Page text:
It explains how the software will be used. The conversation can be documented or verbal.

Conversation provides valuable inputs in deciding the acceptance criteria by exchange of thoughts, opinions, and experiences of the team members.

3) Confirmation:
The acceptance criteria, discussed during the conversation, are used to confirm that the user story is complete.

These acceptance criteria may cover many user stories. Both positive and negative tests are used to cover the acceptance criteria. During the confirmation stage, many participants can play the role of a tester. These can include developers, as well as specialists, focused on performance, security, interoperability, and other quality characteristics.

To confirm a story as done, the defined acceptance criteria should be tested and shown to be satisfied.

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Q. 40: What is a “Retrospective” in Agile Development?

In Agile development, a retrospective is a meeting organized at the end of each iteration or sprint. This meeting is held in an open and relaxed atmosphere to encourage full participation by all team members.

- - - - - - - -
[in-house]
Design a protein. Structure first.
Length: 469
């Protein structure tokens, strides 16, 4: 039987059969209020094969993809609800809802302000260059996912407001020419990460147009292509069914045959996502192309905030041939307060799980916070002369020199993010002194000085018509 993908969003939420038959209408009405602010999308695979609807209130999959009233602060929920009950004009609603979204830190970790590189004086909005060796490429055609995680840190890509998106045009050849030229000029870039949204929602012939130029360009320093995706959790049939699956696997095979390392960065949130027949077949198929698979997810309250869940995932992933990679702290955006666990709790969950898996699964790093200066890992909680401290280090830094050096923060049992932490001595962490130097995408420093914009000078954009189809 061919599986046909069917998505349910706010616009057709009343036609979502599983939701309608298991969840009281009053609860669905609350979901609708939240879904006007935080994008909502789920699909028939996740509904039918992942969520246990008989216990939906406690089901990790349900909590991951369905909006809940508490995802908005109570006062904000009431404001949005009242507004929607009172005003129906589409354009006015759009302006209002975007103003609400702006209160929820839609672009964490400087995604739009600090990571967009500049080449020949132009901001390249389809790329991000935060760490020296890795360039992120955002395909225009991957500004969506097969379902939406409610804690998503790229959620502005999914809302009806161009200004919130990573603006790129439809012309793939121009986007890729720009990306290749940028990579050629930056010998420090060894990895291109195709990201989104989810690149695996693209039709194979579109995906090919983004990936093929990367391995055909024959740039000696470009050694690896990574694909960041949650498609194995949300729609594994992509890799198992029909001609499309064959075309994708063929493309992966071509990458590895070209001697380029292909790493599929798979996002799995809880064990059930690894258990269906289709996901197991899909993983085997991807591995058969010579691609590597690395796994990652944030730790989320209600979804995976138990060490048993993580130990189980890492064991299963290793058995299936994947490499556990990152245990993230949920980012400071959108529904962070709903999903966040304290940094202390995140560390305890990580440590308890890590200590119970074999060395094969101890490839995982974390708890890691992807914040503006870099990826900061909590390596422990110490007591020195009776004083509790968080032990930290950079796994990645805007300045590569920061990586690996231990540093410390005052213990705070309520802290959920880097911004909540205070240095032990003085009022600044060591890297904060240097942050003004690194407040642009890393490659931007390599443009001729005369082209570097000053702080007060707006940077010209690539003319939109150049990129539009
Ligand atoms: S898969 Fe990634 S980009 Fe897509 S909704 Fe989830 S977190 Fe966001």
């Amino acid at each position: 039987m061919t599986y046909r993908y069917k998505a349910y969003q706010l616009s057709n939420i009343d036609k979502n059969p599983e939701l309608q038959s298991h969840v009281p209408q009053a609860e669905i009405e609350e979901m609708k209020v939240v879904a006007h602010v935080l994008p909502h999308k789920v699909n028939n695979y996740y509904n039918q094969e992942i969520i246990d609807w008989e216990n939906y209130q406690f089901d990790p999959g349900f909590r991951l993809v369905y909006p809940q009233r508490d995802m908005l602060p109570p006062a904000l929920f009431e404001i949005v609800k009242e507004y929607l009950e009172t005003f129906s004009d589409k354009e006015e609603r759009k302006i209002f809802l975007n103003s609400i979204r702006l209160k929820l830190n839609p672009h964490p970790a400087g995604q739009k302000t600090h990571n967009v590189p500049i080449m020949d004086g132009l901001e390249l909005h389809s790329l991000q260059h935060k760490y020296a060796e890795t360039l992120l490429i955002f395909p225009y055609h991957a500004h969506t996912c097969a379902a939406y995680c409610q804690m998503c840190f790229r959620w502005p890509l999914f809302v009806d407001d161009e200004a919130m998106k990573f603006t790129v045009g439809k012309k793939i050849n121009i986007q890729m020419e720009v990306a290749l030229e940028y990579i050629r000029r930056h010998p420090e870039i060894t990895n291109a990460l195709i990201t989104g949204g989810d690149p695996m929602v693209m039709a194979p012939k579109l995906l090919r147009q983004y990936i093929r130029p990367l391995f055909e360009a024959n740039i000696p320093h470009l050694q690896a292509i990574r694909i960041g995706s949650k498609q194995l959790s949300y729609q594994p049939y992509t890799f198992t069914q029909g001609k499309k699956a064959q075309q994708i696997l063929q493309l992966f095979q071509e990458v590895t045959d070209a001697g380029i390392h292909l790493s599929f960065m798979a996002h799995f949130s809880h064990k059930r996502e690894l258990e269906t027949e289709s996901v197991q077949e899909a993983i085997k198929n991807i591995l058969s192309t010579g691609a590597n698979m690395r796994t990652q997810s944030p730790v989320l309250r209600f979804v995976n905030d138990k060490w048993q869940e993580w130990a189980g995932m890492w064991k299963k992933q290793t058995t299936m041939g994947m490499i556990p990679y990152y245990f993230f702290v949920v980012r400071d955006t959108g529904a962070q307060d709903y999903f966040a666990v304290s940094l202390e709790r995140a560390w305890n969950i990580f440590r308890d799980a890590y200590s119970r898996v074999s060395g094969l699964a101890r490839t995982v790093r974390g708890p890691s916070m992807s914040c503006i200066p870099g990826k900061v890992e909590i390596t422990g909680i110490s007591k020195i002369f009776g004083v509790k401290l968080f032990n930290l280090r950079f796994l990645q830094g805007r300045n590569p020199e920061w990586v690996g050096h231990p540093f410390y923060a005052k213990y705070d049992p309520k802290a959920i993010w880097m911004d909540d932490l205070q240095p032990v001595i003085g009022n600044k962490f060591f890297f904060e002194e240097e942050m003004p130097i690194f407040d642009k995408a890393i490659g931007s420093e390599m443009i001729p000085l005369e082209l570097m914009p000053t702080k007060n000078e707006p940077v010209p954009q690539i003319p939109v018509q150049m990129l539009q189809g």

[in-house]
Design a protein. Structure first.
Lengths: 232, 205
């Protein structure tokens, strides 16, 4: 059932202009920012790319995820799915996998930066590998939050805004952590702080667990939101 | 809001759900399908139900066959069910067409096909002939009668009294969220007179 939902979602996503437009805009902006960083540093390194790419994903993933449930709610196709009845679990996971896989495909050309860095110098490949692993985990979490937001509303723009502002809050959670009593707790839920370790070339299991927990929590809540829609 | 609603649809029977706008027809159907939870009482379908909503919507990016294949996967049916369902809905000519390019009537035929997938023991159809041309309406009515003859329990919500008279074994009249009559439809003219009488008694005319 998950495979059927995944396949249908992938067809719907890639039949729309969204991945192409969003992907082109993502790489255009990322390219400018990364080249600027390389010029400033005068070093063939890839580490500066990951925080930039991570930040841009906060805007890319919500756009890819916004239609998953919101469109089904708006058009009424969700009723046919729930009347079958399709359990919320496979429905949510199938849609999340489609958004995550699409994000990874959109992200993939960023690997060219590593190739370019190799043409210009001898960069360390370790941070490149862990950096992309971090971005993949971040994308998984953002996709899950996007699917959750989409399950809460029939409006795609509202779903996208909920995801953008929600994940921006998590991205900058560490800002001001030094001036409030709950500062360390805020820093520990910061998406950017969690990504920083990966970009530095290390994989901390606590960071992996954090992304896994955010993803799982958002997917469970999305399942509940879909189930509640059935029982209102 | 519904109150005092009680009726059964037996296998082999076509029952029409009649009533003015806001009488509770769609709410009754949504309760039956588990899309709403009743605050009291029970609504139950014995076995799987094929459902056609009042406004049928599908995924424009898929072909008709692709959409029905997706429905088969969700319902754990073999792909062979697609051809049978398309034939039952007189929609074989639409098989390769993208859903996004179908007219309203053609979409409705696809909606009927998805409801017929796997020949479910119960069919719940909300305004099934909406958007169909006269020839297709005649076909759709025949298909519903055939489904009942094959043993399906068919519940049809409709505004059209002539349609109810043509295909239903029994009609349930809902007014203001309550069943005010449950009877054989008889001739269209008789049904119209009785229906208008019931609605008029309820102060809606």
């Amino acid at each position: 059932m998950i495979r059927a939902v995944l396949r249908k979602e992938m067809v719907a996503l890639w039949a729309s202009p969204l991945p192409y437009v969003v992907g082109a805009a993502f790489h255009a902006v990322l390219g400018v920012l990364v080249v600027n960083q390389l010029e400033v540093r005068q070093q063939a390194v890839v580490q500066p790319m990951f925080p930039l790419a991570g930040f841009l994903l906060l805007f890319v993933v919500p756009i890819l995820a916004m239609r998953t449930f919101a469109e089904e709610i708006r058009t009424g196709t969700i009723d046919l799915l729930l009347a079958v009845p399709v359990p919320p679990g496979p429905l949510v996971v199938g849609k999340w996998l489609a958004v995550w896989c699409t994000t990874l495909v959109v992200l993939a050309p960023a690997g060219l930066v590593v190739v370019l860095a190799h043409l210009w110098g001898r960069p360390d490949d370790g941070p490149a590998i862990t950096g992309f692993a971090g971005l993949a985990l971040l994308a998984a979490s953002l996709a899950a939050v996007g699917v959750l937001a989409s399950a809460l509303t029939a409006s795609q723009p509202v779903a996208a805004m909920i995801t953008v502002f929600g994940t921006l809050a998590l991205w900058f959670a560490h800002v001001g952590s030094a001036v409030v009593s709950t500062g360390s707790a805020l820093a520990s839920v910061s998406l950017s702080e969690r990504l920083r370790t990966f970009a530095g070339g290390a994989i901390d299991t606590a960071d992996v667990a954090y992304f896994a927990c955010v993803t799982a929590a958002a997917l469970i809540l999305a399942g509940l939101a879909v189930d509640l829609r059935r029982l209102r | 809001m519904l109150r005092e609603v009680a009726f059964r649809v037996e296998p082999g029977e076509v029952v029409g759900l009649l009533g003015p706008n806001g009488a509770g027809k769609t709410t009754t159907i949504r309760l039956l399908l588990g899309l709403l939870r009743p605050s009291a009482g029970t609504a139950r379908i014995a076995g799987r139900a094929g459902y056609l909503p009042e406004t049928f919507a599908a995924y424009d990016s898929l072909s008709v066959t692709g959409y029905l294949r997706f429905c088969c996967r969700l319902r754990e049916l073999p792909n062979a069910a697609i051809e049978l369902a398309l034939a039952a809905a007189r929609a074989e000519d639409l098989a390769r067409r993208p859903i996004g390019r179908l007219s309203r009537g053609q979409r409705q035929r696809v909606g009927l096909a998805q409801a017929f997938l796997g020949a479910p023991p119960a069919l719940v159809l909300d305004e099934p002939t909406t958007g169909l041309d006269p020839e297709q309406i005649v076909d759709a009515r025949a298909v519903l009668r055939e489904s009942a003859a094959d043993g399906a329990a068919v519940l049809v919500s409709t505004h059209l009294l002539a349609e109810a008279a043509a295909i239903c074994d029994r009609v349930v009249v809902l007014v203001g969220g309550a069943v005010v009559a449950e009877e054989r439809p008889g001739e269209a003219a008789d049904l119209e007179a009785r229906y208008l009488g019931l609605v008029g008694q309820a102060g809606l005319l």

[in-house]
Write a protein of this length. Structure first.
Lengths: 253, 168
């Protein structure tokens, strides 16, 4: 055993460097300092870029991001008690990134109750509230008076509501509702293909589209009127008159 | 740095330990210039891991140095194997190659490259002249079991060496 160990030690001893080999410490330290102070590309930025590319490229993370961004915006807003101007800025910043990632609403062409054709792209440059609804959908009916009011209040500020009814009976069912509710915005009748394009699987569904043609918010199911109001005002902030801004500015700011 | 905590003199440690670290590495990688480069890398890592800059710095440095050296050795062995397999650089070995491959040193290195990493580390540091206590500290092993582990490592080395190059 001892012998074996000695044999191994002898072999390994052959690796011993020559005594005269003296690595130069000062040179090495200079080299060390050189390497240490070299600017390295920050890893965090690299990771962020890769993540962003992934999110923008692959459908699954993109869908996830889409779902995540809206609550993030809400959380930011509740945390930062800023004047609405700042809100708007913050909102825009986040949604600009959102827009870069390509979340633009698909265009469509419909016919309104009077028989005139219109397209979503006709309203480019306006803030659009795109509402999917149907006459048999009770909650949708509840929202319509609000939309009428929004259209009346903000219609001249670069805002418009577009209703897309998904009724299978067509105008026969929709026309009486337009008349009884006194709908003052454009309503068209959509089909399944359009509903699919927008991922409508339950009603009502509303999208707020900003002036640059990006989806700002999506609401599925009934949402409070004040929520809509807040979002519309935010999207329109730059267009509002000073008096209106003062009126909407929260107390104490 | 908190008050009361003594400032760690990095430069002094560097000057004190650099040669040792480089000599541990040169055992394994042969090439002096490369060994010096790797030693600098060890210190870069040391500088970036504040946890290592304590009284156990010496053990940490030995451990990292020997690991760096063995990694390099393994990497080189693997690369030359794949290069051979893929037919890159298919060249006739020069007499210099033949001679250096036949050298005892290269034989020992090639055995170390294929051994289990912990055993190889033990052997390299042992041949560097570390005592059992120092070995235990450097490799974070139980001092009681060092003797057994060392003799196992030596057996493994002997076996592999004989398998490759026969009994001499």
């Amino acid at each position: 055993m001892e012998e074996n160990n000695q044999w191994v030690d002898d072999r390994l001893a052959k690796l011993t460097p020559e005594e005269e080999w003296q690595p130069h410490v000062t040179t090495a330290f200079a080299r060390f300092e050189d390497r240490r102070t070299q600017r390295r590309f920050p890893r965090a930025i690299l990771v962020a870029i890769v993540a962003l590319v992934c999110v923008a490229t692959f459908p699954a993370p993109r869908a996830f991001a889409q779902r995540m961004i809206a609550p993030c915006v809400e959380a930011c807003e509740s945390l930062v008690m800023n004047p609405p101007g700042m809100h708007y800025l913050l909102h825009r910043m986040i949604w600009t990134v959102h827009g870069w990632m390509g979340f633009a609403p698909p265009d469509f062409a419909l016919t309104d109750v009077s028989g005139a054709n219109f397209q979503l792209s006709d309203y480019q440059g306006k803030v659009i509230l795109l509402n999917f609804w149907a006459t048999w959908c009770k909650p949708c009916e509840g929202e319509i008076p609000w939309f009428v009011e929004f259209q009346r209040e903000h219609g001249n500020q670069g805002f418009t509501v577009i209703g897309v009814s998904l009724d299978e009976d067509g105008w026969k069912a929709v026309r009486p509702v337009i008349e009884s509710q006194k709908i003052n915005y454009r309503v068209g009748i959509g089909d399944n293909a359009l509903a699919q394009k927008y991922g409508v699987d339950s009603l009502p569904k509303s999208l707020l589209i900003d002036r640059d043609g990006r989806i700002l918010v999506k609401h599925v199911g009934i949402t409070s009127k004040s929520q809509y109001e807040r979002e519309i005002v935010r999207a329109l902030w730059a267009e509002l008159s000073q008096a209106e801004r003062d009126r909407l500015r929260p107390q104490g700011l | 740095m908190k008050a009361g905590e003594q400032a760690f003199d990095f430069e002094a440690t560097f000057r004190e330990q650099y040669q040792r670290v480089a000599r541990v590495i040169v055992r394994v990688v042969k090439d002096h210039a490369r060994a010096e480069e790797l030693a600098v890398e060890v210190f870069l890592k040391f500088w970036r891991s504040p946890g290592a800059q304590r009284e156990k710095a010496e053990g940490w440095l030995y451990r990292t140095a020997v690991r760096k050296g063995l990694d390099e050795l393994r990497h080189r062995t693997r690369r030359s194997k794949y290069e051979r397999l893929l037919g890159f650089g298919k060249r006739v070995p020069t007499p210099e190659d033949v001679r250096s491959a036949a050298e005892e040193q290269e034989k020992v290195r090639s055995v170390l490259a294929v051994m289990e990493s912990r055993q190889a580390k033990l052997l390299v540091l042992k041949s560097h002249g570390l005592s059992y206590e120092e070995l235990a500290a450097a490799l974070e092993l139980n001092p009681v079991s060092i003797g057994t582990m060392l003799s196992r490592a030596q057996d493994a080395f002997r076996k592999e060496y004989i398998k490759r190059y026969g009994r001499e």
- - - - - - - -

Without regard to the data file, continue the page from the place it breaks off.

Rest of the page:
The objective of the retrospective meeting is;

1) To discuss what was successful – means an understanding of best practices,

2) To discuss what could be improved – means an understanding of process improvements,

3) To discuss how to incorporate the improvements – means an understanding of process problems and bottlenecks,

4) To discuss how to maintain and retain the successes in future iterations.

Topics discussed during retrospectives are related to the process, people, organizations, relationships, and tools.